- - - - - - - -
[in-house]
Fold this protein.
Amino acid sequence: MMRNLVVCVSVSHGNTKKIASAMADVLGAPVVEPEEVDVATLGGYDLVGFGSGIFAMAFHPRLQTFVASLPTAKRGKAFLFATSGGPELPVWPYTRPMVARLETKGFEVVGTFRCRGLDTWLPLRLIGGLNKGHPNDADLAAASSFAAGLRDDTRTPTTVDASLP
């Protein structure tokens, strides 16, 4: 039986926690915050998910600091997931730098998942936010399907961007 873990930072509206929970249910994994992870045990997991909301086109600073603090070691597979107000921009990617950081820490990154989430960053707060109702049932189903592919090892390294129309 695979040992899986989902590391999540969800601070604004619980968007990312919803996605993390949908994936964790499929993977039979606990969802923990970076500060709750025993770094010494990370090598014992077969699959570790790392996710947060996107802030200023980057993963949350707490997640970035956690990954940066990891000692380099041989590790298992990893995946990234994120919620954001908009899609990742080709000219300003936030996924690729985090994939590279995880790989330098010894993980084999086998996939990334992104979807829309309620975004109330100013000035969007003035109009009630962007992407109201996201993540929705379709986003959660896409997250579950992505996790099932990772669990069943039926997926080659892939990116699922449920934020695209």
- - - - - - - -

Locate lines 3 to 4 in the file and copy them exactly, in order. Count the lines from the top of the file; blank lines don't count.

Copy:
Amino acid sequence: MMRNLVVCVSVSHGNTKKIASAMADVLGAPVVEPEEVDVATLGGYDLVGFGSGIFAMAFHPRLQTFVASLPTAKRGKAFLFATSGGPELPVWPYTRPMVARLETKGFEVVGTFRCRGLDTWLPLRLIGGLNKGHPNDADLAAASSFAAGLRDDTRTPTTVDASLP
């Protein structure tokens, strides 16, 4: 039986926690915050998910600091997931730098998942936010399907961007 873990930072509206929970249910994994992870045990997991909301086109600073603090070691597979107000921009990617950081820490990154989430960053707060109702049932189903592919090892390294129309 695979040992899986989902590391999540969800601070604004619980968007990312919803996605993390949908994936964790499929993977039979606990969802923990970076500060709750025993770094010494990370090598014992077969699959570790790392996710947060996107802030200023980057993963949350707490997640970035956690990954940066990891000692380099041989590790298992990893995946990234994120919620954001908009899609990742080709000219300003936030996924690729985090994939590279995880790989330098010894993980084999086998996939990334992104979807829309309620975004109330100013000035969007003035109009009630962007992407109201996201993540929705379709986003959660896409997250579950992505996790099932990772669990069943039926997926080659892939990116699922449920934020695209």